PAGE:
Branding coming for Bobsled, Skeleton Federation
Jamaica Bobsled and Skeleton Federation president Nelson Stokes says that sustainable revenue from the sport will be achieved by creating a powerful brand that is viable independently from in-competition performance.
Stokes was speaking on Thursday in a wide-ranging Gleaner Instagram live interview where he discussed the present state of the sport in Jamaica, plans for long-lasting success, and his experiences during the historic 1988 Winter Olympic campaign in Calgary, Canada.
Stokes revealed that negotiations are in place for branding opportunities which will allow the sport to benefit financially, while not going into much detail.
“We are right now bringing to some closure, branding on water, energy drinks, clothing. That is the area that we are moving into,” he said. “I don’t want to say too much because we are literally in it now.”
While he says that they have been able capitalise financially in spurts, having a strong independent brand presences will allow for a constant revenue stream for bobsled.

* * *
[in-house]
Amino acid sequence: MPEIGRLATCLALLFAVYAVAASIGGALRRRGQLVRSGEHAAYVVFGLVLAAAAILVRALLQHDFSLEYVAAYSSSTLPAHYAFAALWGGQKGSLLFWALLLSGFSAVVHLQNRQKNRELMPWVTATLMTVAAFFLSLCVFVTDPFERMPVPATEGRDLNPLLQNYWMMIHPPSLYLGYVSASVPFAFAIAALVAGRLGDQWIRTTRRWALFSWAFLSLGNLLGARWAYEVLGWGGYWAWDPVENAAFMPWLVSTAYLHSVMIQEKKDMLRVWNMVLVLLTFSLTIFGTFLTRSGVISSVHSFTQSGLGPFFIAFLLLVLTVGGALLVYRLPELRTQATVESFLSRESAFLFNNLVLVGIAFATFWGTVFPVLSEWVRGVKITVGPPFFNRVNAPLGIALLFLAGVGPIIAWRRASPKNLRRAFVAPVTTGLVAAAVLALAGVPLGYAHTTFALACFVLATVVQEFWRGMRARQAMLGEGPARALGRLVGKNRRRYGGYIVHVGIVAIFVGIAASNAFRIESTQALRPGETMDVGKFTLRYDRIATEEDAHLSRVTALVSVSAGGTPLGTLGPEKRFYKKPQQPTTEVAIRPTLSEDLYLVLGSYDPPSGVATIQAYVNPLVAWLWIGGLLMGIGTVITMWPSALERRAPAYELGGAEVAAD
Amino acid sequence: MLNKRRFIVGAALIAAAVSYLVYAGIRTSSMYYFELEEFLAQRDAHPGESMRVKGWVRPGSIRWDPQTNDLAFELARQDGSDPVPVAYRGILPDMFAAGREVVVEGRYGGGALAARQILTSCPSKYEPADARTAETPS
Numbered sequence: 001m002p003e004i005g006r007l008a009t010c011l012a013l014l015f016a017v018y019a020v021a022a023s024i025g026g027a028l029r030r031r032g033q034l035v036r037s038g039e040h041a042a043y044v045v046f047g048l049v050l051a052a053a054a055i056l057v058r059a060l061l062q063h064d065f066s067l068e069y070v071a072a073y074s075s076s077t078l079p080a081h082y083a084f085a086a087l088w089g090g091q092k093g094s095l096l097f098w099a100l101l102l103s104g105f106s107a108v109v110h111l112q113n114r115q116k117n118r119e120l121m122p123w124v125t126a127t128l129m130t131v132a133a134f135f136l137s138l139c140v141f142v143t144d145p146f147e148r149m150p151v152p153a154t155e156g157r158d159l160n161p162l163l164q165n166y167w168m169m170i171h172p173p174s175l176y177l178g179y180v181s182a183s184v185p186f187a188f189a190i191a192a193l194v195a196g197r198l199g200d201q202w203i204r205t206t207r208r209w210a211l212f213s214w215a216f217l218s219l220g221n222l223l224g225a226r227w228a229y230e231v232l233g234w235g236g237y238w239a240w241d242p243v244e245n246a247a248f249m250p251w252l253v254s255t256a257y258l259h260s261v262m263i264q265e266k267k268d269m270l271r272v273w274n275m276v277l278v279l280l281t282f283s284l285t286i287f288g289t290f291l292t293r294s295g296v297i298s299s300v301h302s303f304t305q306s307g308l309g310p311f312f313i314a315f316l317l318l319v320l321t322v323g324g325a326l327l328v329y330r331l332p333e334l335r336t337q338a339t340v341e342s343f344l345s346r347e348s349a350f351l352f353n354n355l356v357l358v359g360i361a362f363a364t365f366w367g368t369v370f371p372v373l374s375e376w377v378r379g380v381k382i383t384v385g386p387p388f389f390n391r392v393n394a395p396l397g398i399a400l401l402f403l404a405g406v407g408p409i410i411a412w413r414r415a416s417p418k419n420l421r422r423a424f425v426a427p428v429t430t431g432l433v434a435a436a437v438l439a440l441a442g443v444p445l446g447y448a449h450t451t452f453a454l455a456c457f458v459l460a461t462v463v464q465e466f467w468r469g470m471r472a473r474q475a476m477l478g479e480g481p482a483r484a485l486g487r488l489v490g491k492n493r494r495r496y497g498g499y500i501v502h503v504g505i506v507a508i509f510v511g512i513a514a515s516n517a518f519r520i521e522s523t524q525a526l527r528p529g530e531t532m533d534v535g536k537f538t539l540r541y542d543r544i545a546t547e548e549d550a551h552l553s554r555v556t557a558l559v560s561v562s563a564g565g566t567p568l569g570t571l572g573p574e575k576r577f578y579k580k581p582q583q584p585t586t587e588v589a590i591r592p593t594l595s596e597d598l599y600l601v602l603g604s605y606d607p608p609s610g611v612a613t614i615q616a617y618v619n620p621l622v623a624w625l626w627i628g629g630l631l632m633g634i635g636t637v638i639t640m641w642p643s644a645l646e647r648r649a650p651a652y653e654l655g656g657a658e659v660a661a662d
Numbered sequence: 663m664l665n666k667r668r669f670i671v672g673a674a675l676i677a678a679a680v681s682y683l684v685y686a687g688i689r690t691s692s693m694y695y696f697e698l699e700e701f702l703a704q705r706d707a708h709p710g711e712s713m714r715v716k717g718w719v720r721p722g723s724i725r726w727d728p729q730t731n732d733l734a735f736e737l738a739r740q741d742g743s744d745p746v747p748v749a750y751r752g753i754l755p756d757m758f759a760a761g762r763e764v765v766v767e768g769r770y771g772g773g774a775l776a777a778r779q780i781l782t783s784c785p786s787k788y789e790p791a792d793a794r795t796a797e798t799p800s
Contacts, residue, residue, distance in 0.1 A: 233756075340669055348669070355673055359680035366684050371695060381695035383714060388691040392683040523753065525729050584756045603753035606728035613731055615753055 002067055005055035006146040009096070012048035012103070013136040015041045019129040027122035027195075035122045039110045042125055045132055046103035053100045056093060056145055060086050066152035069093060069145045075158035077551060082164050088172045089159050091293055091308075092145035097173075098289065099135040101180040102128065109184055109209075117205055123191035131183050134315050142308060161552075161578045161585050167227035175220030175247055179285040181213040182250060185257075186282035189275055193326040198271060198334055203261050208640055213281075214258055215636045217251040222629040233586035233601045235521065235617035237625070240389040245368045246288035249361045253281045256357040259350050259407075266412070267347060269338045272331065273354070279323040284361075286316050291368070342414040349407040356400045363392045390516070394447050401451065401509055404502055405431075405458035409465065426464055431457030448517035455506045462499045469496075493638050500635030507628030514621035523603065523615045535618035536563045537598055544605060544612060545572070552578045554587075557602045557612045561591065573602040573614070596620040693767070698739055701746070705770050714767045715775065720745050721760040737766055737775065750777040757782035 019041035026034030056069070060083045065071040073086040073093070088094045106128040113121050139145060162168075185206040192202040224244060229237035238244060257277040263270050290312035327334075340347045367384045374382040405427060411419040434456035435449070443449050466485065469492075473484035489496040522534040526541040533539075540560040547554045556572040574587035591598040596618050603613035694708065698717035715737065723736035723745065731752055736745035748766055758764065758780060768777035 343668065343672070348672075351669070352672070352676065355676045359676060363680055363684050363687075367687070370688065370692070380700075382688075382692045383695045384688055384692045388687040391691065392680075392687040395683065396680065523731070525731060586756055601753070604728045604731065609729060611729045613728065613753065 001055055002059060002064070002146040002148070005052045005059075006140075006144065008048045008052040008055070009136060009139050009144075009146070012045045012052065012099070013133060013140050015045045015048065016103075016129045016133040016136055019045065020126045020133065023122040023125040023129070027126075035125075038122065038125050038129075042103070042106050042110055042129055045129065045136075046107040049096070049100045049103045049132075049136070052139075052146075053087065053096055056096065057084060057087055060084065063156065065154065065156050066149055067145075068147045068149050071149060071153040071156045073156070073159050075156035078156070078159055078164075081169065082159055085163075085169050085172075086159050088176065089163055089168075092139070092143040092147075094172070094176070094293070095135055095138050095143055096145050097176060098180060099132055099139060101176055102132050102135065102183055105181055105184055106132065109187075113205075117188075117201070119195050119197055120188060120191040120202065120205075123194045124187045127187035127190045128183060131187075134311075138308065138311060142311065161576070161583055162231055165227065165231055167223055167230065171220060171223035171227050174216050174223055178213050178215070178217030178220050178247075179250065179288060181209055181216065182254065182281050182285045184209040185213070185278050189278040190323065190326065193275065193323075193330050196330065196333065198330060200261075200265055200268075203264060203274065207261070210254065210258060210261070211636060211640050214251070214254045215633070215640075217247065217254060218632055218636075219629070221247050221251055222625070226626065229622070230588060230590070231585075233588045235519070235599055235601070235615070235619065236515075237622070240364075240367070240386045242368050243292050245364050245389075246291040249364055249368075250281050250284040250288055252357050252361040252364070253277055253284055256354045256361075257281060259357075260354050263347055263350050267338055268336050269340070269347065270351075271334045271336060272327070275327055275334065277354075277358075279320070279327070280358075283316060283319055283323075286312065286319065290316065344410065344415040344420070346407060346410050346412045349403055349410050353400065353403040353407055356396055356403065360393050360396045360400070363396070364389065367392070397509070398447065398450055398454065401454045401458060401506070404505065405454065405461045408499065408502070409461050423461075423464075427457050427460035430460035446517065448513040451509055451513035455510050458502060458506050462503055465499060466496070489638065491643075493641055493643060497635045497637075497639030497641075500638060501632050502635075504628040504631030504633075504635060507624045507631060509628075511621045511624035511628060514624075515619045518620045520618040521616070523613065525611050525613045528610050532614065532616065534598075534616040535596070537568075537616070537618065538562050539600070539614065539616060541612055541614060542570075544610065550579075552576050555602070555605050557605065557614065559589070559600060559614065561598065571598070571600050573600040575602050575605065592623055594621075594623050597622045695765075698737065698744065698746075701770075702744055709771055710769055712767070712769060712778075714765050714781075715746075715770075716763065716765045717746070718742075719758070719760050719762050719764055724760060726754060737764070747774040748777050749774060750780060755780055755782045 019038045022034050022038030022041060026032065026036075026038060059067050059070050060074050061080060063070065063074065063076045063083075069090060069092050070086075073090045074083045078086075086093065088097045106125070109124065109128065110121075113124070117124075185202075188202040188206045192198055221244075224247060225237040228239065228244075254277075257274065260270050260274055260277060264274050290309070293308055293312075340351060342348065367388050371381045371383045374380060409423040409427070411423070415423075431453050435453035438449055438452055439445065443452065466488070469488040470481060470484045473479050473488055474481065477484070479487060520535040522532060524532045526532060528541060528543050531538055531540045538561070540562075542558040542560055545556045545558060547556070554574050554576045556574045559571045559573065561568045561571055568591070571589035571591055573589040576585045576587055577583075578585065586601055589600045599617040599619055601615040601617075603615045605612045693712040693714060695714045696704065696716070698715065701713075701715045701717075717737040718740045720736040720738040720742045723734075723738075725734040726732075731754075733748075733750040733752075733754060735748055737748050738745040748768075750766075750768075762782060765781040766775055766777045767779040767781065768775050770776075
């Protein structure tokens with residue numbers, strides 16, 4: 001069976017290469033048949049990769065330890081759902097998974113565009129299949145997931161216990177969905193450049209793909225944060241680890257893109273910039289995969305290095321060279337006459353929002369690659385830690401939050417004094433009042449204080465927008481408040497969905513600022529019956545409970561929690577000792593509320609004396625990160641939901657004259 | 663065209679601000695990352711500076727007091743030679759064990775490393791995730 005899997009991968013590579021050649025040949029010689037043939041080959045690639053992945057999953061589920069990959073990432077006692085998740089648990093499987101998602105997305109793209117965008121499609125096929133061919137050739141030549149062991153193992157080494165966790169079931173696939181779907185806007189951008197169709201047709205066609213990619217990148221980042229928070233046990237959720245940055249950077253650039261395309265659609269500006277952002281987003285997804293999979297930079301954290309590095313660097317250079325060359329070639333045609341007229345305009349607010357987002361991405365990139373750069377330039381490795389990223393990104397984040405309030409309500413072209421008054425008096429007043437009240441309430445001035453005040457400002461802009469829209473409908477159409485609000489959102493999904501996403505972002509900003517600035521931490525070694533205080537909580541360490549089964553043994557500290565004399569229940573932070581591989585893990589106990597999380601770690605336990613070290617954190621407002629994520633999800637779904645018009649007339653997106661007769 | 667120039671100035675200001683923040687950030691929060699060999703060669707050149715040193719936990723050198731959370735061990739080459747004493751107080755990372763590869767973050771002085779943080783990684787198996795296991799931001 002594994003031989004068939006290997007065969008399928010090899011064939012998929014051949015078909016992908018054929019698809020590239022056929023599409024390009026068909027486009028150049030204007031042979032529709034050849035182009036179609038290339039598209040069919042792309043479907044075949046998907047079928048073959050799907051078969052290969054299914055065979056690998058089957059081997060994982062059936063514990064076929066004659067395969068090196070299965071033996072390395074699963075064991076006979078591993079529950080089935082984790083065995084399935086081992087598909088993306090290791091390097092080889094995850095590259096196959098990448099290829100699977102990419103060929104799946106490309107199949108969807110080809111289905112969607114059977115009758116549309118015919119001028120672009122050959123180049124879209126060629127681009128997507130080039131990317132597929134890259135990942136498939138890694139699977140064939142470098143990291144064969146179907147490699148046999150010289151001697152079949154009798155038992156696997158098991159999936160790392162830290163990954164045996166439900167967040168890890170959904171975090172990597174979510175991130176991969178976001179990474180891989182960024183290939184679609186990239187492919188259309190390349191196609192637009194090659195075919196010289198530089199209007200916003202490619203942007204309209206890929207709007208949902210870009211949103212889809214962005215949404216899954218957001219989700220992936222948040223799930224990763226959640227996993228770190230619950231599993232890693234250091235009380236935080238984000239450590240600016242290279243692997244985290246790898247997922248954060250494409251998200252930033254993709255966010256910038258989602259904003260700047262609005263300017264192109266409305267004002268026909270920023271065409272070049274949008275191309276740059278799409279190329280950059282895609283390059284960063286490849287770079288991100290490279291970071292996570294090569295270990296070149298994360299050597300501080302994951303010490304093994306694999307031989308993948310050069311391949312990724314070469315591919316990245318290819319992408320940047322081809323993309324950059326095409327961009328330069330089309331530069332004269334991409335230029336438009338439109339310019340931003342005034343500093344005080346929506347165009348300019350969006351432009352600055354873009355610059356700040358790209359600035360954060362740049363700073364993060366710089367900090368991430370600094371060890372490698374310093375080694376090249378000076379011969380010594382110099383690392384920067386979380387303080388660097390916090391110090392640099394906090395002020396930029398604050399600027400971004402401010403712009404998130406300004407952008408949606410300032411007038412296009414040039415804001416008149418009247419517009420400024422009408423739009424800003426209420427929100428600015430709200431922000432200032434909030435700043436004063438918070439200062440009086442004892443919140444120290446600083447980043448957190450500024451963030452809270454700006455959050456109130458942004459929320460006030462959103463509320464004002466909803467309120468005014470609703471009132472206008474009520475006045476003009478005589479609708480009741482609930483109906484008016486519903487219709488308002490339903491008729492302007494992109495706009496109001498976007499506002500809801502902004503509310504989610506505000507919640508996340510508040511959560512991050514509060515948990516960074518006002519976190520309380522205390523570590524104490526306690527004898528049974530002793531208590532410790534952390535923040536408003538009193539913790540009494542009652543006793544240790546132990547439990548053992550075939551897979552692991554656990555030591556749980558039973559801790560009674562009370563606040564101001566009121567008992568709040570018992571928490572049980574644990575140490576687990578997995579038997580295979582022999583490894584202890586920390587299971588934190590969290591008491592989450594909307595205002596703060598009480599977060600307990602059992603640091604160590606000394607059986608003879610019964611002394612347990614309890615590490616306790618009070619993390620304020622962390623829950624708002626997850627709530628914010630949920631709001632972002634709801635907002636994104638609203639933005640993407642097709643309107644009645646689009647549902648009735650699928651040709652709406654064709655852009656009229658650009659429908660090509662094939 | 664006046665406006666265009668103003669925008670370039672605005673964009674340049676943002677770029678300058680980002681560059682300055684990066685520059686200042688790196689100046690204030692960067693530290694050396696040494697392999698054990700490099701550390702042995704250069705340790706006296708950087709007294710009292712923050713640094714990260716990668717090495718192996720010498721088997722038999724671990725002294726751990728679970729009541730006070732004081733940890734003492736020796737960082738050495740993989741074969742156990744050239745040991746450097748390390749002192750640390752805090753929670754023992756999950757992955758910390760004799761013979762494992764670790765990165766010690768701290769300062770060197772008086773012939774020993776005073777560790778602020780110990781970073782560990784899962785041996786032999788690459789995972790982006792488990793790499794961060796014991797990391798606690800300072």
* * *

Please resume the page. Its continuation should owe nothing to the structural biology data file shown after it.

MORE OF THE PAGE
“One of the things that bobsled suffers from is their cyclical nature of our exposure and the Winter Olympics, which is an every four-year thing,” he said. “The trick that we are trying to pull is to create a brand so strong, separate from the performance on the field so that you can create a revenue stream through the years. And we have been able to do that.”
Stokes pointed to past agreements that have been forged with companies such as Sandals, Red Stripe and Puma as examples of sustainable revenue streams. However, he believes that to harness the potential that the bobsled can monetarily create, more partnerships will be necessary in order to not solely rely on results in major competitions.
“To get it to the level as a separate brand, you have to get into joining your brand with products and services that can either be sold or taken advantage of as a service or as an endorsement, and we continue to do that,” he said.
He is adamant that the responsibility does not fall solely in his sport but with other sports to take up the mantle, lamenting that Jamaica has not yet managed to take advantage financially.
“It is challenging and we have not as a country generally done enough to own the brand and monetise the brand. It’s a fight that I am in every day and it’s not good enough that we are making progress in my corner. It’s something that we have to do everywhere,” he said. “What it will take is a clear understanding that we are in business and we have to value the brand, and so on.”